The mysterious reappearance of Fidel Castro

For the past four years, Fidel Castro has been almost invisible. But now, he's back in public and appearing on a Cuban TV show tonight. Why?

By , Staff writer

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    Cuban leader Fidel Castro, right, greets an unidentified woman during a visit to the National Center for Scientific Investigation in Havana July 7.
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The lead photo on the website of the Cuban state-run news organization Granma features Fidel Castro in a rare public appearance. He's still wearing track suits. But El Jefe will appear on television tonight on the nation's current affairs program, and the public will hear his voice for the first time in three years.

Fidel Castro's re-emergence comes as Cuba has agreed to the release of 52 prisoners, a move hailed as an important step forward by leaders from the US to Europe.

Coincidence?

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For those skeptical of Cuba's commitment to increasing its human rights record and path toward democracy, Mr. Castro, whose public appearances have been few and far between since he fell ill in 2006, is re-emerging as many are hoping that changes are underway in the island nation.

“It would be reasonable to think that Castro is dying and there might be change in the air,” says Ian Vasquez, the director of the Cato Institute's Center for Global Liberty and Prosperity. “But his [appearance now] could be a signal to Cubans not to get high hopes. …. I think the more important message is: 'I am still around, do not get any fancy ideas.' ”

Castro has been photographed with regional leaders visiting the island, including a recent one by Brazilian President Luiz Inácio Lula da Silva, but mostly he has stayed on the sidelines, only giving his opinions in the pages of Granma. Mr. Vasquez says his reemergence now is significant, underlining that he is still at the helm Cuba, he says.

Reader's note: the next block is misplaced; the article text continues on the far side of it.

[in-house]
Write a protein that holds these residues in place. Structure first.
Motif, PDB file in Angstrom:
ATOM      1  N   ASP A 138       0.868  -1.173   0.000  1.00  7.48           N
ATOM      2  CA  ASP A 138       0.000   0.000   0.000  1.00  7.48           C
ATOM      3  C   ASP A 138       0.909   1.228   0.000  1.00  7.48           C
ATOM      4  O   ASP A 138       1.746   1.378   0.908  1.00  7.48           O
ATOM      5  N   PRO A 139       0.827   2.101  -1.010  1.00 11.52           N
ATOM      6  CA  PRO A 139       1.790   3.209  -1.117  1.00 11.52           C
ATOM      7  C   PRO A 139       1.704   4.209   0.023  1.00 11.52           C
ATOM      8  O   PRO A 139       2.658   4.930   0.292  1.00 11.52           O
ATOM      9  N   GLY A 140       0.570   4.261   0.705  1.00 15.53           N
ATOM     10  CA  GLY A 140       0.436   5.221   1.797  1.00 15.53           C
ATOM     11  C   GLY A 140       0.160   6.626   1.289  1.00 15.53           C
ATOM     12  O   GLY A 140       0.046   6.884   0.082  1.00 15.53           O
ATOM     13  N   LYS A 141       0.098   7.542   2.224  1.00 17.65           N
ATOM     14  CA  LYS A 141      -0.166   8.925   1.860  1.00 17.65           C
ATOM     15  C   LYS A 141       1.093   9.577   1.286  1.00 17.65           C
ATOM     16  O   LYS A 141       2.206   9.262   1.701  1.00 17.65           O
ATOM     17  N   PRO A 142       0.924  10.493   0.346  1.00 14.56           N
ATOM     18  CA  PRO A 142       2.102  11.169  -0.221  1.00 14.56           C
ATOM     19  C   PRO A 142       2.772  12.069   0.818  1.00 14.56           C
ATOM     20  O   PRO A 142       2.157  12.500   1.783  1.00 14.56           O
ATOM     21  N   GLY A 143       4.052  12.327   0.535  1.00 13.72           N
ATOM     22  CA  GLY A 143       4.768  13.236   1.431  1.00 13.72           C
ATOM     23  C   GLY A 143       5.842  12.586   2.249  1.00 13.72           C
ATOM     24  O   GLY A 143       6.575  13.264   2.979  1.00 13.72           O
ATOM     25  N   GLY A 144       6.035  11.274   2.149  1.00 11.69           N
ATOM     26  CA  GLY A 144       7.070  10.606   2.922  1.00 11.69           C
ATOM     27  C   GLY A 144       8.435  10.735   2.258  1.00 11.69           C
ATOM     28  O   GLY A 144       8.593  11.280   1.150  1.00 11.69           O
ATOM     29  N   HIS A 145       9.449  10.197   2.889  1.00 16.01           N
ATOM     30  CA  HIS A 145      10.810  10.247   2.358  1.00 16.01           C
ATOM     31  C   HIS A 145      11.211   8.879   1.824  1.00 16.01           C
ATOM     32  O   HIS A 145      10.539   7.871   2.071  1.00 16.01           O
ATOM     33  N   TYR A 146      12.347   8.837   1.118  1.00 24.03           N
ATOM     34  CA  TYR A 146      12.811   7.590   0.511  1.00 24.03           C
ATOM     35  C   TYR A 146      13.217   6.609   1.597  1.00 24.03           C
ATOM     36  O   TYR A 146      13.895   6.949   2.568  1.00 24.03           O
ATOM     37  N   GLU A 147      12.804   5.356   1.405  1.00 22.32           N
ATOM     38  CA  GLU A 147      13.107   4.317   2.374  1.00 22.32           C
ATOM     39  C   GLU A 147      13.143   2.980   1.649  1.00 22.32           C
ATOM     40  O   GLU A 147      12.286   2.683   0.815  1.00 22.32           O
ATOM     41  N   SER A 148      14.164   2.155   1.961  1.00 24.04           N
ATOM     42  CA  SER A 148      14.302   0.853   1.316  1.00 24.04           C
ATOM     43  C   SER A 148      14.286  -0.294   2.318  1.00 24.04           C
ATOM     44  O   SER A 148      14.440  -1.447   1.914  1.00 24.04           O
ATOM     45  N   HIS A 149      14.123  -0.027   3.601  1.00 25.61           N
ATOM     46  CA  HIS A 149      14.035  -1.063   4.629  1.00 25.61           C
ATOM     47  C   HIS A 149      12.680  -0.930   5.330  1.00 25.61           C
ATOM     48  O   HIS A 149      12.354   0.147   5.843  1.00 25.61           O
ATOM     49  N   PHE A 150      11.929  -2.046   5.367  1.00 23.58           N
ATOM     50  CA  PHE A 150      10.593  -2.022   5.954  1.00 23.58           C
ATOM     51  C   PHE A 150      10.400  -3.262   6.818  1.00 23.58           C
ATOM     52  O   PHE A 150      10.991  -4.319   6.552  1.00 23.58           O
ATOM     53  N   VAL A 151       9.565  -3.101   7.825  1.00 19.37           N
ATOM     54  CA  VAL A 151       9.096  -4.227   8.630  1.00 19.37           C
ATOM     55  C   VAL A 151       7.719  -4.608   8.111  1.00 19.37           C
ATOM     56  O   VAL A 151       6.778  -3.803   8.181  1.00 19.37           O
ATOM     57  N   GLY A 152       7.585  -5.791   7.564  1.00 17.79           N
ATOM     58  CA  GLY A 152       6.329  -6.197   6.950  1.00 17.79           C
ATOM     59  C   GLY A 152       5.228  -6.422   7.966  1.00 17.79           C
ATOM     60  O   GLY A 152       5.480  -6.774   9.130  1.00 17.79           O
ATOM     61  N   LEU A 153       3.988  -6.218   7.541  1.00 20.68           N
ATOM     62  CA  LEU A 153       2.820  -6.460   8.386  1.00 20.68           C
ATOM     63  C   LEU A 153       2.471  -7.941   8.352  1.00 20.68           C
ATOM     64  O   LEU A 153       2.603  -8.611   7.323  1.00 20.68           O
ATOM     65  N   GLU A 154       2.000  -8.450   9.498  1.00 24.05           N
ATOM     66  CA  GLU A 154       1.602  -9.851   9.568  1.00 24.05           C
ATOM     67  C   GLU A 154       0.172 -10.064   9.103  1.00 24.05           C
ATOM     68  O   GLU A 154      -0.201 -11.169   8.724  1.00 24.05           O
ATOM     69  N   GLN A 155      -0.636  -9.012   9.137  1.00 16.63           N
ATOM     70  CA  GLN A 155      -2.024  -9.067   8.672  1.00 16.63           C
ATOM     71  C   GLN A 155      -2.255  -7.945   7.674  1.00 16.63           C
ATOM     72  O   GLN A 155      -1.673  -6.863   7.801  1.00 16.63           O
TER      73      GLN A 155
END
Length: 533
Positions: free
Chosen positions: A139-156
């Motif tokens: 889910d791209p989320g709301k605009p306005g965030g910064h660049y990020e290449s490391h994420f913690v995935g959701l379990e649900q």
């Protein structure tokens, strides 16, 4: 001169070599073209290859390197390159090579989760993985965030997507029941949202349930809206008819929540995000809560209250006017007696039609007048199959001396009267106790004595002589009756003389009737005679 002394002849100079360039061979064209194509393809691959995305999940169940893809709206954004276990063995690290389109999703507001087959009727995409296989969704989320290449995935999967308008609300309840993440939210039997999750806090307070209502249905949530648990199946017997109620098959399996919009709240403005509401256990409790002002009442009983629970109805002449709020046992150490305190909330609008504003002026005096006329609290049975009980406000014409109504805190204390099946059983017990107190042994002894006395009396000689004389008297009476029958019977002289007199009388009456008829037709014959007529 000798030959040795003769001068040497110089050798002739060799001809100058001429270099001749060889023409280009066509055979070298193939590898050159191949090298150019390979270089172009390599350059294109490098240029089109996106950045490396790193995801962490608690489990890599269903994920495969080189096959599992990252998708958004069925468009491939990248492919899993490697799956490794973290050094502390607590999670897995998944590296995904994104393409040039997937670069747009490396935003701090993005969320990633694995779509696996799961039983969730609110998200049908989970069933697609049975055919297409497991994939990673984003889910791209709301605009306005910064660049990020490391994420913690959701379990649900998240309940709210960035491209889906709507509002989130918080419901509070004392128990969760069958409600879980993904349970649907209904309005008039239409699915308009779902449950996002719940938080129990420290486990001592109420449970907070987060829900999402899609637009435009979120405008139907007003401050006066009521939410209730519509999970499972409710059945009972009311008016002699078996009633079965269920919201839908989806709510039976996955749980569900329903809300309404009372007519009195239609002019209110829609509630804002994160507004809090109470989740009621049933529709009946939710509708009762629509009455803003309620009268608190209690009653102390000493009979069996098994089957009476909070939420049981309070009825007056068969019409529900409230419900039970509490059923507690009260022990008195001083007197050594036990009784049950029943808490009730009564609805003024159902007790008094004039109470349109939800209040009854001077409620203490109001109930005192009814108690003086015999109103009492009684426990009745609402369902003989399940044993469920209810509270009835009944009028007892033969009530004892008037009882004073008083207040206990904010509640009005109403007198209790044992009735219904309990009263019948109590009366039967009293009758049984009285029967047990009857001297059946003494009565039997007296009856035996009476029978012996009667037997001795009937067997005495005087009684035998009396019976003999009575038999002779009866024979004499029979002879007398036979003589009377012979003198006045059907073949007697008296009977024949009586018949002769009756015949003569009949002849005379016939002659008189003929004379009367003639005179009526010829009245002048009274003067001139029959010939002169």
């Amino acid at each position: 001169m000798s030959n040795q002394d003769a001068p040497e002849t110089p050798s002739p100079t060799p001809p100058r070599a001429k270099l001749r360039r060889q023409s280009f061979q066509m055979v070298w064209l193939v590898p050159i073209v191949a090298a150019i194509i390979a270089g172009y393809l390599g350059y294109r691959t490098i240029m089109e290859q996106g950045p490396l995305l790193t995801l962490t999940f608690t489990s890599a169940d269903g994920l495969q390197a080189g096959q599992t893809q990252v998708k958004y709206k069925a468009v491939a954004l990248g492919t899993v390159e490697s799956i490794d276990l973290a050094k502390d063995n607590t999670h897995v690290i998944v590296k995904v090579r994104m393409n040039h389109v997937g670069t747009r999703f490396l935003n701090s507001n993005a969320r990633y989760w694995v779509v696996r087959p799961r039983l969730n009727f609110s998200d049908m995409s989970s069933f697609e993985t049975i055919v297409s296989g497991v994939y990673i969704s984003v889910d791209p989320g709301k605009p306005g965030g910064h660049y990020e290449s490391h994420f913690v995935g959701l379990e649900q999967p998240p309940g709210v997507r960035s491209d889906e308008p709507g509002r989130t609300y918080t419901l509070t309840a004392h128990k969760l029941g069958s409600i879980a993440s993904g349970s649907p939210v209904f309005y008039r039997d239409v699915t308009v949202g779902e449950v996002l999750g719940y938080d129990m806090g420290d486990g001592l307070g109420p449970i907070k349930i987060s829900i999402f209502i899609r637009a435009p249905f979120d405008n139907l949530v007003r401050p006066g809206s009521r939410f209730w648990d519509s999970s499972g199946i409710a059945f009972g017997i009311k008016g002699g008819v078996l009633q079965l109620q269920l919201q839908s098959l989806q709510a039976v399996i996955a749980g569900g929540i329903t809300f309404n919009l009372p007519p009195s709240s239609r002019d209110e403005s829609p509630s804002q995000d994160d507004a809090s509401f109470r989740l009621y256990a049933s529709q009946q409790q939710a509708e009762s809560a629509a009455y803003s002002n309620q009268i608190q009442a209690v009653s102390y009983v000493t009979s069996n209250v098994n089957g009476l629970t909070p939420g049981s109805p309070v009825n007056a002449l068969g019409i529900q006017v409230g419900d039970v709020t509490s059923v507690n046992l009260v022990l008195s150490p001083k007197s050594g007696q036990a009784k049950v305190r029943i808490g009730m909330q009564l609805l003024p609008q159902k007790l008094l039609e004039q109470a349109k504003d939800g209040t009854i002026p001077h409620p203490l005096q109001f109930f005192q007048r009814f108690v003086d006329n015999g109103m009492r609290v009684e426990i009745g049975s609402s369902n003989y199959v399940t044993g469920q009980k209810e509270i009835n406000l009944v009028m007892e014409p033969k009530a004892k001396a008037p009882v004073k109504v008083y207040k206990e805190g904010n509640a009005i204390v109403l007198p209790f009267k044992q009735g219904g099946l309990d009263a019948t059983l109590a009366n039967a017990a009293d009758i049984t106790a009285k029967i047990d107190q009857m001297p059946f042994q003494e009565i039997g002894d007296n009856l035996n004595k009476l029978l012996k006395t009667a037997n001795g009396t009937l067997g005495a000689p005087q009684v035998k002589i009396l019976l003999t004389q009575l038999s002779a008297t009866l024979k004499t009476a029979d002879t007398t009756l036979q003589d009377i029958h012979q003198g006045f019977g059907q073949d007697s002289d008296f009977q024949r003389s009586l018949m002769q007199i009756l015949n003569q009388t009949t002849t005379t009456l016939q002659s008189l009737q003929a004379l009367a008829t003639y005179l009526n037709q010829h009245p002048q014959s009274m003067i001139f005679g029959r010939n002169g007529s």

Last Wednesday, Fidel Castro visited the National Center for Scientific Research in Havana. Photos of him talking with workers ran in Granma this morning. Less than a week later, he is expected this evening on a special program of The Round Table, according to Granma.

But the Cuban leader is not scheduled to address the major issue of the day – the prisoner release. Instead, he's expected to discuss the subject that he has devoted much of his opinions to since he temporarily, and later permanently, ceded control of Cuba to his younger brother Raul Castro: the Middle East. Specifically, he's been warning of an impending clash between the US and Iran.

“With everything going on now in Cuba, he is going to appear on television but to speak about the Middle East,” says Philip Peters, a Cuba expert at the Lexington Institute. “Fidel Castro remains head of the Communist Party, which is a position of leadership … But at the same time, in his commentaries he is talking almost all time about history or foreign affairs, not about the issues in play in Cuba right now. He is not a shrinking violet, I do not believe it means he has no say or that he is not voicing his opinion about current affairs in Cuba. But he certainly is not doing it in public.”

In fact, his appearances could be overshadowed by the prisoner release that has dominated Cuba news since last week, after negotiations between the Cuban government, the Catholic Church, and the Spanish foreign ministry led to an agreement for the release of 52 political prisoners.

According to Spain's foreign ministry, the first group is to arrive in Madrid tomorrow.

The release has been criticized by some, who have questioned whether the prisoners are being forced to leave Cuba or are going to Spain at their own will.

"While we are relieved for these prisoners and their families, the fact remains that scores of political prisoners locked up under Raul Castro continue to languish in Cuba's prisons," said José Miguel Vivanco, Americas director at Human Rights Watch, in a statement after news of the release. "So long as Cuba's draconian laws and sham trials remain in place, they will continue to restock the prison cells with new generations of innocent Cubans who dare to exercise their basic rights."

But it has also been seen as a positive move for Cuba´s work towards greater human rights record, including by US Secretary of State Hillary Clinton who called it last week a “positive sign.”

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